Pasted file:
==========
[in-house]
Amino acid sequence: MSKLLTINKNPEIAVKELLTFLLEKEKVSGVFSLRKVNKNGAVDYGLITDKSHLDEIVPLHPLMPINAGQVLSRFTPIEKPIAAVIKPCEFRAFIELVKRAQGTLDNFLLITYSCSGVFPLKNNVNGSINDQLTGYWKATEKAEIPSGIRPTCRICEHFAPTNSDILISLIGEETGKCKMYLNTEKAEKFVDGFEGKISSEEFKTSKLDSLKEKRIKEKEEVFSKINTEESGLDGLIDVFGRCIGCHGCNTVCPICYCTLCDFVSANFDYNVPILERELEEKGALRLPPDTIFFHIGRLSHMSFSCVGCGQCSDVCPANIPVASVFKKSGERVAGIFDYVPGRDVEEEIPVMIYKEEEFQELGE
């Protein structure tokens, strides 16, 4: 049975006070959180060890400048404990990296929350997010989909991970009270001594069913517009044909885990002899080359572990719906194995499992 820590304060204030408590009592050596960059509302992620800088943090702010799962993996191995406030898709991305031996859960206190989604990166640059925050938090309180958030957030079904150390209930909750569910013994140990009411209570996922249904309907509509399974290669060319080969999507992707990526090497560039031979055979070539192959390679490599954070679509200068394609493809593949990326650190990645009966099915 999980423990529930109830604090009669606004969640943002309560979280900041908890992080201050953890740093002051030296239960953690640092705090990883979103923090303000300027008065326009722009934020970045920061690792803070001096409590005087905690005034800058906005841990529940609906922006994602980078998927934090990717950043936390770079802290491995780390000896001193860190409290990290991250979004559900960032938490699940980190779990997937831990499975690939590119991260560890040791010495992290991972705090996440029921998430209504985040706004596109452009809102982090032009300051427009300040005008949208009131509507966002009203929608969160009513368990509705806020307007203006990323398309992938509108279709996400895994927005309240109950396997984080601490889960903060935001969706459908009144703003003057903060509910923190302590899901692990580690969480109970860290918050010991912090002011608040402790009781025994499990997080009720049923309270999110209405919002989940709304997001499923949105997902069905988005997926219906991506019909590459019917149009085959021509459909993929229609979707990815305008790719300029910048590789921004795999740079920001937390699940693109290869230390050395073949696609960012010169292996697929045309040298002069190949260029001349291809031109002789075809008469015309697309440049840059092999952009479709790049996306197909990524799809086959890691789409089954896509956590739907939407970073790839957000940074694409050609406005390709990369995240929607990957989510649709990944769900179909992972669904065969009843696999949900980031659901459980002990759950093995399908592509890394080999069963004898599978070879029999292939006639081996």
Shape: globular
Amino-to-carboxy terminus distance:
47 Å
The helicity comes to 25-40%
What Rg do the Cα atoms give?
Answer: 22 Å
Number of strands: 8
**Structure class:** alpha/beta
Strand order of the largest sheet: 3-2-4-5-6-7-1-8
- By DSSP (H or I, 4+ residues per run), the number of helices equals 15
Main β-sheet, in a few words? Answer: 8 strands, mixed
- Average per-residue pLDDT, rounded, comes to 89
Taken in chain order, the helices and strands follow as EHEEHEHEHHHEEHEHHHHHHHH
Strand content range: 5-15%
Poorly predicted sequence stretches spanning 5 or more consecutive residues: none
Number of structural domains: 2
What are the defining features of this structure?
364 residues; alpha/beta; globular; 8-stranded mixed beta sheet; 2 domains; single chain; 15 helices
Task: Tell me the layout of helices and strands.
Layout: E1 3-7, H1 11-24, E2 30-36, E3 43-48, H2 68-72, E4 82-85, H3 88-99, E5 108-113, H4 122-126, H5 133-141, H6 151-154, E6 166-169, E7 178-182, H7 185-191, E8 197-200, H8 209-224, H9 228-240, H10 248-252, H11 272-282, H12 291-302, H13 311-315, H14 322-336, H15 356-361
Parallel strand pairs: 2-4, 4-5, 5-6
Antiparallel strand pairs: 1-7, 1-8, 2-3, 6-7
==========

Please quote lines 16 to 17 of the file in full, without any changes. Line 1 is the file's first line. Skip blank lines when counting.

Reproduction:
Taken in chain order, the helices and strands follow as EHEEHEHEHHHEEHEHHHHHHHH
Strand content range: 5-15%